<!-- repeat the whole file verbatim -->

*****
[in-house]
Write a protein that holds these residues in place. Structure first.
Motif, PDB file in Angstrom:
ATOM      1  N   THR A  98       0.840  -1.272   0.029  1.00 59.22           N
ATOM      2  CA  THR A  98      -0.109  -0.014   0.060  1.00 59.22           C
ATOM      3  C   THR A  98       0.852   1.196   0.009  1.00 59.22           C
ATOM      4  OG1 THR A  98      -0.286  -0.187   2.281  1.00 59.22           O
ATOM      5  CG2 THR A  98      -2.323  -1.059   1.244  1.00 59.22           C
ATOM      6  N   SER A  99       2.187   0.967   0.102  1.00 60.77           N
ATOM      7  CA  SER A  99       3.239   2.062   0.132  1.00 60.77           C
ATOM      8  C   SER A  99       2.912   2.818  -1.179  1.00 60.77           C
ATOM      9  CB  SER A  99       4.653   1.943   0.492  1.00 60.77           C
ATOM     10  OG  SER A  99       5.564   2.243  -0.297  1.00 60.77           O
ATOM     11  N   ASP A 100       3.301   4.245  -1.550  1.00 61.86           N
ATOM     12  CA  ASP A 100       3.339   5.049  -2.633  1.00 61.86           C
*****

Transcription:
[in-house]
Write a protein that holds these residues in place. Structure first.
Motif, PDB file in Angstrom:
ATOM      1  N   THR A  98       0.840  -1.272   0.029  1.00 59.22           N
ATOM      2  CA  THR A  98      -0.109  -0.014   0.060  1.00 59.22           C
ATOM      3  C   THR A  98       0.852   1.196   0.009  1.00 59.22           C
ATOM      4  OG1 THR A  98      -0.286  -0.187   2.281  1.00 59.22           O
ATOM      5  CG2 THR A  98      -2.323  -1.059   1.244  1.00 59.22           C
ATOM      6  N   SER A  99       2.187   0.967   0.102  1.00 60.77           N
ATOM      7  CA  SER A  99       3.239   2.062   0.132  1.00 60.77           C
ATOM      8  C   SER A  99       2.912   2.818  -1.179  1.00 60.77           C
ATOM      9  CB  SER A  99       4.653   1.943   0.492  1.00 60.77           C
ATOM     10  OG  SER A  99       5.564   2.243  -0.297  1.00 60.77           O
ATOM     11  N   ASP A 100       3.301   4.245  -1.550  1.00 61.86           N
ATOM     12  CA  ASP A 100       3.339   5.049  -2.633  1.00 61.86           C